My New Grading Practices

One of the nice things about my new job is the freedom I have to do things my way. At my last job, my Department Head dictated how and what we would grade. At first I didn’t have a problem with calculating a grade in which I assessed homework, participation, quizzes and tests at certain percentages. But as time went on and I read more about Second Language Acquisition (SLA) and comprehensible input (CI) practices, I started to have issues with my department’s grading practices.

First of all, I felt that grading participation (based on students volunteering to answer questions) was unfair to quiet kids. I had many shy students who did not ever raise a hand to answer questions in class, so their participation grade was unusually low. I came to the realization that this just wasn’t fair. Some students, no matter what, would rather do anything besides raise their hands to answer a question, and I felt that they should not be penalized for their very nature. Second, I stopped giving high-stakes tests, which meant I was not using the testing percentage at all. This put unfair weight on other grading categories. And finally, I disliked the fact that students could fail all assessments but could end up passing the class if they had an A in both homework and participation, and, alternatively, that students who got an A on all assessments could end up with a C or even lower if they had a low participation and homework grade. All in all, the grade students got in my class was not a reflection of how well they could use speak, write, understand, or read the target language (TL).

Then I met a Spanish teacher at a conference who had four categories in his grade book, which were listening, writing, speaking, and reading. All categories were worth 25%. At first I thought that this sounded like a fantastic way to grade in a language class. But after I had some time to think about this setup, and I realized that there were a few flaws in that system. First of all, some activities done in class could encompass two grading categories, such as an activi listening and writing. In that case, in which category would that assignment belong? Would I just have to pick one or would I count it twice, once in each category? Second, assessing speaking is a long process, because a teacher needs to have a conversation with EVERY student in class. With a large class, this might take up to three days. Chances are, I would only be able to assess speaking once a quarter, which means that 25% of a student’s grade would be based on one assessment. That just isn’t fair or valid.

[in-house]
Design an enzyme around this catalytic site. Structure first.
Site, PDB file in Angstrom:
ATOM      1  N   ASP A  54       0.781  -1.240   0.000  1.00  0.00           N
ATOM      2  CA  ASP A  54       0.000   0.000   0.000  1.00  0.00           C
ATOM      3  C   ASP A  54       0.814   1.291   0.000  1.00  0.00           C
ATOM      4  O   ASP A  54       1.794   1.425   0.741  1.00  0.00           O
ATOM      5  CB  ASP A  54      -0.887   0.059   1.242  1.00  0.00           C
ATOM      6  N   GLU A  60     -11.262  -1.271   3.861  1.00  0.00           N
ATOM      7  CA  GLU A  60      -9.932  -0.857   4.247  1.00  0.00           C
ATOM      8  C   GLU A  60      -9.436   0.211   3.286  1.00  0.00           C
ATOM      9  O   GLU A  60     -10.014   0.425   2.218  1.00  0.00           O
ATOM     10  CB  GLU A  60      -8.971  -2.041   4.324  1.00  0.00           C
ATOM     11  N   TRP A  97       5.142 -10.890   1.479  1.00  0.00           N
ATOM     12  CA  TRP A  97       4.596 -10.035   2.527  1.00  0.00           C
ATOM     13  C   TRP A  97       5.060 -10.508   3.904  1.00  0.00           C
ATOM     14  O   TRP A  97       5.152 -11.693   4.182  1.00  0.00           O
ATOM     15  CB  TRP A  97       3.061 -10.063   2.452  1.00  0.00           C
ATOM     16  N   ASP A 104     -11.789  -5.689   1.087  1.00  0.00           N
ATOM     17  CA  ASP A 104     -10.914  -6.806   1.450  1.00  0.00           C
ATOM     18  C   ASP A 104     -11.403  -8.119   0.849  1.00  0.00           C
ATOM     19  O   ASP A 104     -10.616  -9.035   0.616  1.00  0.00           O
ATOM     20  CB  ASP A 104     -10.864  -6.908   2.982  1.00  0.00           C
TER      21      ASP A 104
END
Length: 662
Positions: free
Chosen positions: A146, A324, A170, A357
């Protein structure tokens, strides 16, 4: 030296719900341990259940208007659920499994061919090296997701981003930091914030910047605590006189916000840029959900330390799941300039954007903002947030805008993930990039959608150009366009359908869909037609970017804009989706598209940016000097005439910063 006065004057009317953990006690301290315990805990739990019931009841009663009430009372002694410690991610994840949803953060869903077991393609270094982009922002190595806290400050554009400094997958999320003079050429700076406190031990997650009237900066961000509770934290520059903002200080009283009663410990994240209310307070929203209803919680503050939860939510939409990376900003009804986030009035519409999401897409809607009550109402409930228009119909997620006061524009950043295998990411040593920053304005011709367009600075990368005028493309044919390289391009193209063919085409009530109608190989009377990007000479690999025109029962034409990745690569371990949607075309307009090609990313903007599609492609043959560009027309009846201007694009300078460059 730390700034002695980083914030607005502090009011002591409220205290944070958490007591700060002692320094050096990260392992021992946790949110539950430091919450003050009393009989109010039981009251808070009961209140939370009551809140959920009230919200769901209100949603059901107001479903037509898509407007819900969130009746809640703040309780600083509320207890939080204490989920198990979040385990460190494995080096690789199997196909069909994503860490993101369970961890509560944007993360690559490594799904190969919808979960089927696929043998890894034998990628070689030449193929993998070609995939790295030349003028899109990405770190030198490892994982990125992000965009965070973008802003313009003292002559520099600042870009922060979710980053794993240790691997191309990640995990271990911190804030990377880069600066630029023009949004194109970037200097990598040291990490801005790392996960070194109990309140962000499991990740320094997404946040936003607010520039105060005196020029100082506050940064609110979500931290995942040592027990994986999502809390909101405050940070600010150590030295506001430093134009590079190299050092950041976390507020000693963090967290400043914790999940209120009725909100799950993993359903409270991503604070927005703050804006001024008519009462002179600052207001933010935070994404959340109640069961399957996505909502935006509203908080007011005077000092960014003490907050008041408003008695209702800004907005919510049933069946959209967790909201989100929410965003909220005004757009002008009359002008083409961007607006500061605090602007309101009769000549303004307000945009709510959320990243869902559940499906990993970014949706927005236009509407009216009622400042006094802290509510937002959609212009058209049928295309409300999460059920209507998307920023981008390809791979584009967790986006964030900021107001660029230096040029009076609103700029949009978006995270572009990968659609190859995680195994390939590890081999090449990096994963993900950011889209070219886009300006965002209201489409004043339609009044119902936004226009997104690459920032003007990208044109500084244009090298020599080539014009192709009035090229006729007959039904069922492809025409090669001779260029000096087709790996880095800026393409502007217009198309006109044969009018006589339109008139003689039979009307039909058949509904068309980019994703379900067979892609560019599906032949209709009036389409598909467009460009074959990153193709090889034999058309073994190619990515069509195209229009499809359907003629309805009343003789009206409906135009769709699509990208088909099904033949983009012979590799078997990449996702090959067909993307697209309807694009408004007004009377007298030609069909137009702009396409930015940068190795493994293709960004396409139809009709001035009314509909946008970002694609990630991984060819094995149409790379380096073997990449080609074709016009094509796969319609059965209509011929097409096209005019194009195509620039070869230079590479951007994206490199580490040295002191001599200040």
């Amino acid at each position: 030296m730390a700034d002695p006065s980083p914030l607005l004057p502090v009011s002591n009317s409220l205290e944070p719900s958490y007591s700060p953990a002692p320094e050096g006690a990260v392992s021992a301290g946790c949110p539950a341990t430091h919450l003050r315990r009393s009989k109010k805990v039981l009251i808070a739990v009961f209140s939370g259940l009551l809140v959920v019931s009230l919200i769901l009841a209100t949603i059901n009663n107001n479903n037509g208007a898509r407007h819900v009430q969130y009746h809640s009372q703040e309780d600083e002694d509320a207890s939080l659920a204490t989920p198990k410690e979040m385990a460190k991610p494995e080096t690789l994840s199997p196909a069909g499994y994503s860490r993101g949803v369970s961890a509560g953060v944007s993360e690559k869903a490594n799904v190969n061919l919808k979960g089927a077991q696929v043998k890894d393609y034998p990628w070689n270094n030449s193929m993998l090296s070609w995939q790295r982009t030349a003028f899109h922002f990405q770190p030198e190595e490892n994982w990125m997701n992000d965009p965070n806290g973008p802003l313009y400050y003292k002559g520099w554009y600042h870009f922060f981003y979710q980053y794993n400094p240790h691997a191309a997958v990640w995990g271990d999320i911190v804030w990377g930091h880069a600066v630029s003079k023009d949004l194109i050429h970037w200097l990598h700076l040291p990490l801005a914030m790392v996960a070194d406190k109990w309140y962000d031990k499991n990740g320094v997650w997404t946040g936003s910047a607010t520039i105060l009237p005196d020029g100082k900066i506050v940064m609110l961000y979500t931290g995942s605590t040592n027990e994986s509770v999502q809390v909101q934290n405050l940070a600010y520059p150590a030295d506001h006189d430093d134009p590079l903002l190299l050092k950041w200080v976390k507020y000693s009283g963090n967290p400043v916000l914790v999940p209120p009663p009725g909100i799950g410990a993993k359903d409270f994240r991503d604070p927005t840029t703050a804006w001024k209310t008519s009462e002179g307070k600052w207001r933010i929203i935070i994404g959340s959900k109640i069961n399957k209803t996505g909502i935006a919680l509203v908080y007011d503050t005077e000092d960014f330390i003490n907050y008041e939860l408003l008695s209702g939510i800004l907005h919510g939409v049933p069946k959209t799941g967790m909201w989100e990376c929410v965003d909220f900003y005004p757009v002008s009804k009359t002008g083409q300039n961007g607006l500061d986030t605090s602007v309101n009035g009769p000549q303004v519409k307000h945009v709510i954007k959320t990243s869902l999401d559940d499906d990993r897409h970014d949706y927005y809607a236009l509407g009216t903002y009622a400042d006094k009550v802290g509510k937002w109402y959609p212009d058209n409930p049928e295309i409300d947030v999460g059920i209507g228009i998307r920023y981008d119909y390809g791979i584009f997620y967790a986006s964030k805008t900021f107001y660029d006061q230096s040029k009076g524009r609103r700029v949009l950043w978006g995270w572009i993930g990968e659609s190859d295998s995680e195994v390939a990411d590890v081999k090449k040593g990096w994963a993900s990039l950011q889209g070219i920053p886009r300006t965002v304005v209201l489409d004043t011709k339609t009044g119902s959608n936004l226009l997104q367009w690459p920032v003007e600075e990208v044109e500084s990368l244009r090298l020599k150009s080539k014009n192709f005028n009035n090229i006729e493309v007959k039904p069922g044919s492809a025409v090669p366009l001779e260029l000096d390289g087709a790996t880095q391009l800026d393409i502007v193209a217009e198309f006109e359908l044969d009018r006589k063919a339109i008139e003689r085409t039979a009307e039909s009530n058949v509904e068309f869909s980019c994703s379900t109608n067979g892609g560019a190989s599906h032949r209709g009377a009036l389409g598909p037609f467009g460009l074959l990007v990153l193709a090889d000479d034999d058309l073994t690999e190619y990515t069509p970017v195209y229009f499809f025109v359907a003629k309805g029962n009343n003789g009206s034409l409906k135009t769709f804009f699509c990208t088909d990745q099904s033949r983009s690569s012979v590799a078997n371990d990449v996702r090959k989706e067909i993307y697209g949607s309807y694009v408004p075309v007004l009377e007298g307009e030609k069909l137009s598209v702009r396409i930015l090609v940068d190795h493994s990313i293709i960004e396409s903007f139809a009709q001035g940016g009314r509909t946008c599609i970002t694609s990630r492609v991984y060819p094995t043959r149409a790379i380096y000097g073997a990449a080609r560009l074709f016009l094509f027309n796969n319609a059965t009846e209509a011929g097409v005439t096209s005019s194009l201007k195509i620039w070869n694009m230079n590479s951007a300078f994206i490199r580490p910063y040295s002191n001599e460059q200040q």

So after spending some time thinking and reading blog posts about grading, I decided to simplify things. Currently I only have two grading categories in my grade book, formative and summative assessments. Formative assessments refer to those daily, ongoing assessments I give to check for comprehension. Sometimes it is a homework assignment. Other times it is a quick “pop” quiz with five True/False questions about the topic we happened to be discussing in class that day. Sometimes it is a timed writing to see how many words a student can write in five minutes. Summative assessments refer to longer assessments, usually at the end of a unit. Sometimes it is part of a project we are working on or a free write that students have time to edit, rewrite, and resubmit. Other times it is a “pop” test when we are done with a unit.

In addition, all quizzes and tests, either formative or summative, are unannounced. I do this because I want to assess what they have acquired and not what they can quickly memorize and forget once the assessment is over. I have also found that the element of surprise also helps keep my students focused in class, because they never know when an assessment will be given.

And lastly, I operate based on what is called the 80-80 rule. I do not put a grade in my grade book unless 80% of the class scores at least 80% on the assessment. If more than 20% of the class can’t perform well on the assessment, it tells me that I have not done my job correctly and that my students don’t have enough input to perform the task at hand. So when that happens, I go back, reteach, and assess again according to the 80-80 rule.

In addition, I have completely done away with grades for homework and participation. I want my students’ grade to reflect how well they can handle the language. I do not want to assess their work habits or willingness to answer questions, because that is not part of acquiring language.

At my last department meeting I learned that my new district may be moving away from traditional grading practices. For World Language, this means the possibility of grading our students using the ACTFL Proficiency Scale. I’m excited to go that route, because then will we truly be assessing language proficiency. I’ll let you know how it goes.

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